Overcoming resistance to TRAIL-induced apoptosis in solid tumor cells by simultaneously targeting death receptors, c-FLIP and IAPs

The discovery of the TRAIL protein and its death receptors DR4/5 changed the horizon of cancer research because TRAIL specifically kills cancer cells. However, the validity of TRAIL-based cancer therapies has yet to be established, as most cancer cells are TRAIL-resistant. In this report, we demonstrate that TRAIL-resistance of many cancer cell lines can be overcome after siRNA- or rocaglamide-mediated downregulation of c-FLIP expression and simultaneous inhibition of IAPs activity using AT406, a pan-antagonist of IAPs. Combined triple actions of the TRAIL, the IAPs inhibitor, AT406, and the c-FLIP expression inhibitor, rocaglamide (ART), markedly improve TRAIL-induced apoptotic effects in most solid cancer cell lines through the activation of an extrinsic apoptosis pathway. Furthermore, this ART combination does not harm normal cells. Among the 18 TRAIL-resistant cancer cell lines used, 15 cell lines become sensitive or highly sensitive to ART, and two out of three glioma cell lines exhibit high resistance to ART treatment due to very low levels of procaspase-8. This study provides a rationale for the development of TRAIL-induced apoptosis-based cancer therapies.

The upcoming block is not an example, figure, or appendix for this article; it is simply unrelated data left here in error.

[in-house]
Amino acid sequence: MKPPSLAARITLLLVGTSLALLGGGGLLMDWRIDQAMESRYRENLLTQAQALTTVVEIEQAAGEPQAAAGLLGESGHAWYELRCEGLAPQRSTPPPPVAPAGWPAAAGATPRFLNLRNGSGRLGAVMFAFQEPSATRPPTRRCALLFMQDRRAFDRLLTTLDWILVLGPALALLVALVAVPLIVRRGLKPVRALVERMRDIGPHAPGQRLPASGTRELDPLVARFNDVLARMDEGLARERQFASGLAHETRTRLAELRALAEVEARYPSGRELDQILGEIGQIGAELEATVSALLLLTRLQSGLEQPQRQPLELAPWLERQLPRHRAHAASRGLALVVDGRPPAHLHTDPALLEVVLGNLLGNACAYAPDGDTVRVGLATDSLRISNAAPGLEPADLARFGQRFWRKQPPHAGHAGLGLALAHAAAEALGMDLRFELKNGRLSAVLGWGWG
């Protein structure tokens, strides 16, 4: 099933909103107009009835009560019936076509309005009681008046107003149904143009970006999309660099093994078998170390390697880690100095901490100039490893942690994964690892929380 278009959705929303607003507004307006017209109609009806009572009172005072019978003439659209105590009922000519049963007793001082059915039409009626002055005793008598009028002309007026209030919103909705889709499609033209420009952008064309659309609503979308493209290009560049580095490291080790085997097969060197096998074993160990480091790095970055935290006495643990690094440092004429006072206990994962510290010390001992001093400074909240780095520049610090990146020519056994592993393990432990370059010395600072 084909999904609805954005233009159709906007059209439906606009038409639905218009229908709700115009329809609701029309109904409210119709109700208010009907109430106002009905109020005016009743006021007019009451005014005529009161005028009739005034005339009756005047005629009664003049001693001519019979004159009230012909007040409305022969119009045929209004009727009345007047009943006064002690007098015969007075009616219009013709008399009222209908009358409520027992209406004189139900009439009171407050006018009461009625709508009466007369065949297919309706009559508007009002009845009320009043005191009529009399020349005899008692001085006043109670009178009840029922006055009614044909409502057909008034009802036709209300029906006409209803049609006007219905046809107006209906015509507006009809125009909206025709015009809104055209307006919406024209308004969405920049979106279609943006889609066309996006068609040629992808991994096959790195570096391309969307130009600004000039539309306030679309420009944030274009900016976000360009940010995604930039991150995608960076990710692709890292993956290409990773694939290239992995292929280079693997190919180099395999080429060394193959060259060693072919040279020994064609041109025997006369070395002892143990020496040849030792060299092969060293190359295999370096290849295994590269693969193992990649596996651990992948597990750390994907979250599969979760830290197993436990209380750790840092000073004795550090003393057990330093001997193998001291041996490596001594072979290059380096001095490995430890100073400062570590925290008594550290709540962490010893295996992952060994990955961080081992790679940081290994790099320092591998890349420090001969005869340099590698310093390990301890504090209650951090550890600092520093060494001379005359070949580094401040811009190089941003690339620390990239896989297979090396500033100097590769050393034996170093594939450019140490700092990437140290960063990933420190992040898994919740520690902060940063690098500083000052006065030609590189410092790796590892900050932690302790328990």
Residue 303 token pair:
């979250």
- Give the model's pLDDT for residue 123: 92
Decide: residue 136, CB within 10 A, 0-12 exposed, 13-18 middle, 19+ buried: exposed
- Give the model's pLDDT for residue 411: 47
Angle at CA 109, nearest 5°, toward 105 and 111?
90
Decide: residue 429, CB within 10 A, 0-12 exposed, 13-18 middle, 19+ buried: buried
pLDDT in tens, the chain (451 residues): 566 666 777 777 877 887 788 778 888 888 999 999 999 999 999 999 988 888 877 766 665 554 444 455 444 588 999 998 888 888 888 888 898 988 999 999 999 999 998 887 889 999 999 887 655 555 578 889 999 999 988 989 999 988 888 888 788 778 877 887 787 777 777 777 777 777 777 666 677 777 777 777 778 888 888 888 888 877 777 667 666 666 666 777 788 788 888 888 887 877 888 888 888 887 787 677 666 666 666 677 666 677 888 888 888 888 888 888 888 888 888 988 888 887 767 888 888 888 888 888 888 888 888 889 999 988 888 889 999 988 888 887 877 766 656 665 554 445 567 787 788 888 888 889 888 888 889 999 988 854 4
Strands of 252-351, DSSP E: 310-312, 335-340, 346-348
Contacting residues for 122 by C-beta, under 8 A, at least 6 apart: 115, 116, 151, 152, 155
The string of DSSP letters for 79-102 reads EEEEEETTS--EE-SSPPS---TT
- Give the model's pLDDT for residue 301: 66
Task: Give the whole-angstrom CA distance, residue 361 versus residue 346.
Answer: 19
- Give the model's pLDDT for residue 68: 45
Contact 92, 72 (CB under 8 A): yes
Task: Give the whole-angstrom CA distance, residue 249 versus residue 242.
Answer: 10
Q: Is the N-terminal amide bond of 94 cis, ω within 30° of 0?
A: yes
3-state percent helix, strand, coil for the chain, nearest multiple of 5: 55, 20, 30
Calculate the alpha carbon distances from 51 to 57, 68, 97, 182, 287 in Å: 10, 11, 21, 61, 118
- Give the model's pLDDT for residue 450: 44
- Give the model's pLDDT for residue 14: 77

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S2754 Xevinapant (AT406) Xevinapant (AT406, ARRY-334543, Debio1143, SM-406) is a potent Smac mimetic and an antagonist of IAP (inhibitor of apoptosis protein via E3 ubiquitin ligase), binding to XIAP-BIR3, cIAP1-BIR3 and cIAP2-BIR3 with Ki of 66.4 nM, 1.9 nM, and 5.1 nM, 50- to 100-fold higher affinities than the Smac AVPI peptide. Phase 1. (29) (5)

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